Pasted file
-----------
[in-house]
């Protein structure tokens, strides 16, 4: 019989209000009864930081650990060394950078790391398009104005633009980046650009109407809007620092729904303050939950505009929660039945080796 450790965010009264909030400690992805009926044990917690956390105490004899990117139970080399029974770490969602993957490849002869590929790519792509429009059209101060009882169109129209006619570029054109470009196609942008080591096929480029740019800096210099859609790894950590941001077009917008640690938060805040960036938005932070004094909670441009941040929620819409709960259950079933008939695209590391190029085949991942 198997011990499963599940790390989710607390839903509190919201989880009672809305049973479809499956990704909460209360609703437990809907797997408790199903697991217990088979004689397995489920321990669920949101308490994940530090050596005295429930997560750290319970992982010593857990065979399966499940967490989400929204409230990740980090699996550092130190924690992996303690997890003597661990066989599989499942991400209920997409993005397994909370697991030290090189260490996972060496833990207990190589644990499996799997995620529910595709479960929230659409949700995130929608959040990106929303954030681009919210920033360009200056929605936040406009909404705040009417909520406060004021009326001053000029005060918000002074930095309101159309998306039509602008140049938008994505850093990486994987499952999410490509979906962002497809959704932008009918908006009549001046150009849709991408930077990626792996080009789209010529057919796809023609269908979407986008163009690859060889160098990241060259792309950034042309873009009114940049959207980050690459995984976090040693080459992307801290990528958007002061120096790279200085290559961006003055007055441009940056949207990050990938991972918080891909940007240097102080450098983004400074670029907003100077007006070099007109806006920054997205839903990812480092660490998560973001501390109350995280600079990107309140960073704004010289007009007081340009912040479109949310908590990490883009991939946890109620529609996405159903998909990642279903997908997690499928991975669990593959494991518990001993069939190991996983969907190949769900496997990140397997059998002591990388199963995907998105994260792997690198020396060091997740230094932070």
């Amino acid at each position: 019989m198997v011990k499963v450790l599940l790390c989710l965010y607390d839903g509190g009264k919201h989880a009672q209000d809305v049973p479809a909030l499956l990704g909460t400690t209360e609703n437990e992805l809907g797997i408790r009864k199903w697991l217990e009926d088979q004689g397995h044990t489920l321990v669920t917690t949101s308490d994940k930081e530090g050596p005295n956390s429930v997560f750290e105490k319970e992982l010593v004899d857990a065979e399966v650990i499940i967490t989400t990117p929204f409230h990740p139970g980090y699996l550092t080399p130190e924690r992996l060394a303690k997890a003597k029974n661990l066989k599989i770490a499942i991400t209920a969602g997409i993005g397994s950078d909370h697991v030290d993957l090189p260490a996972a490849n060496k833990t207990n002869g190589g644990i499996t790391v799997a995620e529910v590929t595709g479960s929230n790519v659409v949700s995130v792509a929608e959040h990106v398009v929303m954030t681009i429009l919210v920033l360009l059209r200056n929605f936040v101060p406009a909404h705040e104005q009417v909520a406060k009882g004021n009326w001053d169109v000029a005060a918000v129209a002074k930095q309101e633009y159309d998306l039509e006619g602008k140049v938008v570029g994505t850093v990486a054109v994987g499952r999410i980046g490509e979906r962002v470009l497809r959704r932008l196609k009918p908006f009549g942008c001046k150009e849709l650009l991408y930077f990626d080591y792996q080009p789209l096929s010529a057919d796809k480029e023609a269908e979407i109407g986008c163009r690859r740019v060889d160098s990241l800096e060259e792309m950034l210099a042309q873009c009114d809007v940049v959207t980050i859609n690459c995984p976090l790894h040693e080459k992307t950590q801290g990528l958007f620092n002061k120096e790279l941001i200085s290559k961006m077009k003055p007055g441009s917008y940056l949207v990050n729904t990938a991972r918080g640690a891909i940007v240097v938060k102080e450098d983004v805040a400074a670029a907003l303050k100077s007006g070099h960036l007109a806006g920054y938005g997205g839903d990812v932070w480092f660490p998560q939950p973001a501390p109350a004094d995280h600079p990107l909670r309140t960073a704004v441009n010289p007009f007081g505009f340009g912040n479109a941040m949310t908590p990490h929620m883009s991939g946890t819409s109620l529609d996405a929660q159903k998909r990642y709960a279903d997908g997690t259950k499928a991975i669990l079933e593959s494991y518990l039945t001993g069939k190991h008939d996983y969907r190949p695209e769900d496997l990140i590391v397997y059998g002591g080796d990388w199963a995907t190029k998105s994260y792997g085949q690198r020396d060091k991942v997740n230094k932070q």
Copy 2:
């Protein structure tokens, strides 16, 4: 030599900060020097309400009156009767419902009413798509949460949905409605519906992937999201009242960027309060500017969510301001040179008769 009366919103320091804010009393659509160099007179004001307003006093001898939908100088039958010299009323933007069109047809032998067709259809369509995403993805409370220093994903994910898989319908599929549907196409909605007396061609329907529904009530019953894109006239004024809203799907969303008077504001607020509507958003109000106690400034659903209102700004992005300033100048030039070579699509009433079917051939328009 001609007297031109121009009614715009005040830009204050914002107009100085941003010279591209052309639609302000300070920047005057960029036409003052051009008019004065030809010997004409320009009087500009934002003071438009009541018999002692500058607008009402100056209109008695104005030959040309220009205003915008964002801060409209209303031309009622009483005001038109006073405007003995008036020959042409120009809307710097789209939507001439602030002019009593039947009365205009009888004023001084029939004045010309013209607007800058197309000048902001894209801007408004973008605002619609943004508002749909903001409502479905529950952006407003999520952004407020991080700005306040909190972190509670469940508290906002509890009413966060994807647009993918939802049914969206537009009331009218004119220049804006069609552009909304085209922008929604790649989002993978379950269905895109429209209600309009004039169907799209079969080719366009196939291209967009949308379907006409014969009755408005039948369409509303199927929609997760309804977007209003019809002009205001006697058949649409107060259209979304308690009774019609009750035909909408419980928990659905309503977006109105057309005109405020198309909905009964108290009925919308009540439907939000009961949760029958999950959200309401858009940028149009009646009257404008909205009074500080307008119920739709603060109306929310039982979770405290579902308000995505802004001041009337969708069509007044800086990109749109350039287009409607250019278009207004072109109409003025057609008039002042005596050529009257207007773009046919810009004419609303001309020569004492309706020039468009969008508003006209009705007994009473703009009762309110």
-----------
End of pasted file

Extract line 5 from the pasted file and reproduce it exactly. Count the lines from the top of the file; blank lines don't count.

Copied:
């Protein structure tokens, strides 16, 4: 030599900060020097309400009156009767419902009413798509949460949905409605519906992937999201009242960027309060500017969510301001040179008769 009366919103320091804010009393659509160099007179004001307003006093001898939908100088039958010299009323933007069109047809032998067709259809369509995403993805409370220093994903994910898989319908599929549907196409909605007396061609329907529904009530019953894109006239004024809203799907969303008077504001607020509507958003109000106690400034659903209102700004992005300033100048030039070579699509009433079917051939328009 001609007297031109121009009614715009005040830009204050914002107009100085941003010279591209052309639609302000300070920047005057960029036409003052051009008019004065030809010997004409320009009087500009934002003071438009009541018999002692500058607008009402100056209109008695104005030959040309220009205003915008964002801060409209209303031309009622009483005001038109006073405007003995008036020959042409120009809307710097789209939507001439602030002019009593039947009365205009009888004023001084029939004045010309013209607007800058197309000048902001894209801007408004973008605002619609943004508002749909903001409502479905529950952006407003999520952004407020991080700005306040909190972190509670469940508290906002509890009413966060994807647009993918939802049914969206537009009331009218004119220049804006069609552009909304085209922008929604790649989002993978379950269905895109429209209600309009004039169907799209079969080719366009196939291209967009949308379907006409014969009755408005039948369409509303199927929609997760309804977007209003019809002009205001006697058949649409107060259209979304308690009774019609009750035909909408419980928990659905309503977006109105057309005109405020198309909905009964108290009925919308009540439907939000009961949760029958999950959200309401858009940028149009009646009257404008909205009074500080307008119920739709603060109306929310039982979770405290579902308000995505802004001041009337969708069509007044800086990109749109350039287009409607250019278009207004072109109409003025057609008039002042005596050529009257207007773009046919810009004419609303001309020569004492309706020039468009969008508003006209009705007994009473703009009762309110």